I feel compelled to follow through with a book idea I've suggested before, "A Great Time for the Wesleyan Tradition." After Easter, I plan to start writing it on the seminary Dean's blog bit by bit.
The lead off chapter is, "What is a Wesleyan?" and I am reading Donald Dayton's Discovering an Evangelical Heritage this week as research. Today I read his 1988 Preface, the Prologue, and the first chapter.
Dayton is a feisty soul. The eccentricities of mortals should make us smile, not offend us--unless of course they are dangerous. I do not find Wallis and Campolo dangerous, nor my friends and relatives that are extremely conservative (like the conservative friend I ran into at lunch who suggested a Marion high schooler could beat Obama in the next election).
So Dayton is a typical intellectual, even a typical genius. If you met him you would agree. I think those who know him (which is not me) would agree that he is sometimes an offensive person and is not particularly gifted when it comes to social skills. But he is brilliant and has very much of value to say. I chuckle when such individuals bite--it's just harmless eccentricity.
All that is to say that I thoroughly enjoyed his 1988 Preface, remembering that the first edition was with Harper & Row in 1976. His dissatisfaction with Harper & Row comes through loud and clear as he moved to Hendrickson for the second edition. Delectable Dayton.
There are some great quotes: "[M]ost historical writing is implicitly a form of advocacy" (x). "Personal experience and cultural questions can open up true insights into Christian experience and the scriptures as well as obscure them" (x). "[M]ost books arise out of the author's personal history" (1).
His central point appears in the new Preface: "'[E]vangelicalism' is better understood as a specific wing of the nineteenth-century revivalist tradition that took shape before the emergence of fundamentalism and along different lines..." (xii). He thus disagrees with Marsden's sense of the purer race of evangelicals that is suspiciously Reformed and respectable. "[I]t's an interesting comment on evangelical historiography and on those who do the writing that such things as the ministry of women apparently really only begin to happen when they happen in the circles of those cultural elites who write most about such things!" (xi).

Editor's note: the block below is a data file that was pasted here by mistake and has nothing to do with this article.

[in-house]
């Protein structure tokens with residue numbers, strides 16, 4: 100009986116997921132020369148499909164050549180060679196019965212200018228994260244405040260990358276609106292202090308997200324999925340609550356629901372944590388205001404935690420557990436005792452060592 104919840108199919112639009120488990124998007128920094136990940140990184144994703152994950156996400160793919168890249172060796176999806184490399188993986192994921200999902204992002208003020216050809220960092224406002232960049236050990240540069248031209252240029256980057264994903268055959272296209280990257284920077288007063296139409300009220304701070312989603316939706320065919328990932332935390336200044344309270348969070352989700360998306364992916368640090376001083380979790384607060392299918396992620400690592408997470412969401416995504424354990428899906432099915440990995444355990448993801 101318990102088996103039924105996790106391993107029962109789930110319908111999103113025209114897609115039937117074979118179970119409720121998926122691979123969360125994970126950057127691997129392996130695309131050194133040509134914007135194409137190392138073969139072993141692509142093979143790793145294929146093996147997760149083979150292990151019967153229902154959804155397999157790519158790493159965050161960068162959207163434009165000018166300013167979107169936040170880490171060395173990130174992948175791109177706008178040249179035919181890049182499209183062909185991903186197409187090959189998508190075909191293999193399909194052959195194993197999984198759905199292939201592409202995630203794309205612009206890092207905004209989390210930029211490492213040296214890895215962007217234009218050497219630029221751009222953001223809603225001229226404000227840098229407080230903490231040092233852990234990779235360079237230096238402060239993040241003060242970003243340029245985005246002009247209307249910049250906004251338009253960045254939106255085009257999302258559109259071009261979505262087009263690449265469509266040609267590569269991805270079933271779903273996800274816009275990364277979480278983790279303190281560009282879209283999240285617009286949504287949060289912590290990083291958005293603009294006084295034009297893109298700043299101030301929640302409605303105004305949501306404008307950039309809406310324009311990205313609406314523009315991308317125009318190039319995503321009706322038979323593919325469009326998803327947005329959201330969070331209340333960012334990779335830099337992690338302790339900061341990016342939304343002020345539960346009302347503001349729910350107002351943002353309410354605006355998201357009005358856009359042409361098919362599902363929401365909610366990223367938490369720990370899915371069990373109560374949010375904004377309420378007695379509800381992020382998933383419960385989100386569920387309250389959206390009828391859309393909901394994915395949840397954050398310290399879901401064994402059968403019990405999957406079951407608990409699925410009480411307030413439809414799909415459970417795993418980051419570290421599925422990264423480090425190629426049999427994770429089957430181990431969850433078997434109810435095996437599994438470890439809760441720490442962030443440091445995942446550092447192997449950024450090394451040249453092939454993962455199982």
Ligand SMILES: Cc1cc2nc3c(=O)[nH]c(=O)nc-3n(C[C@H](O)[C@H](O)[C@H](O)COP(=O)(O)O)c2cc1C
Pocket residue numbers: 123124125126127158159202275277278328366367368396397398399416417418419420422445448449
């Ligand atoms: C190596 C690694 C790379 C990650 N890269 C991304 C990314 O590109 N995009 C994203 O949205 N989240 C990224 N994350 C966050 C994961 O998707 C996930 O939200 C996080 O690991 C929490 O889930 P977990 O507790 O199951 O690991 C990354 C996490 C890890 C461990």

The Prologue tells of Dayton's experience at an evangelical college in the 1960s (Houghton, I think). Again, fun for those of us with similar background--peculiar to the mainstream. "[T]he contrast between the pettiness of the issues that troubled us and the magnitude of the issues that were being dealt with in society is frightening... prohibitions against drinking, smoking, dancing, card-playing, and theater-going. Our lives were largely bound up in testing the limits of these prohibitions" (2).
"We tended to be apolitical, but when political instincts did surface, they were conservative... Our great fear was communism, and we found signs of it everywhere" :-) He catalogs Christianity Today's embarrassing positions on social issues during the decade, what John Oliver later called "A Failure of Evangelical Conscience." He tells of his departure from his Wesleyan Methodist Church heritage (although he never names it) only in grad school to discover something about it he had never even known. Mind you, Don is the son of Wesleyan Methodist evangelical pillar, Asbury Seminary, Wesley Biblical patriarch Wilbur T. Dayton--extremely well connected!
"Though never helped to understand its history in college or in church life, I discovered much to my surprise that the denomination [The Wesleyan Methodist Church] was a product of the closest parallel to the civil rights movement in American history--the abolitionist protest against slavery in the pre-Civil War period" (4).
Chapter 1 then deals with the founder of Wheaton College, which was of course founded by Wesleyan Methodists in 1848 as Illinois Institute. The Wesleyans could not sustain it financially, however, so Congregationalists took over. Dayton's point in this chapter is to question the kind of evangelicalism Billy Graham represented in a comment on the Vietnam War in 1973: "God has called me to be a New Testament evangelist, not an Old Testament prophet! While some may interpret an evangelist to be primarily a social reformer or political activist, I do not! An evangelist is a proclaimer of the message of God's love and grace in Jesus Christ and of the necessity of repentance and faith" (8).
Dayton shows quite easily that the first president of Wheaton, Jonathan Blanchard, would have had no part in Graham's position. Blanchard was a fiery abolitionist. Now, mind you, I'm not sure of the prudence of Blanchard. His debate partner, N. L. Rice, at least as Dayton describes him, seemed wiser.
But Dayton makes his point. Activism was in the blood of the nineteenth century "evangelicals." I myself am ambivalent toward the label today. But Dayton will make a case that revivalism is where the heart of evangelicalism was in the 1800s.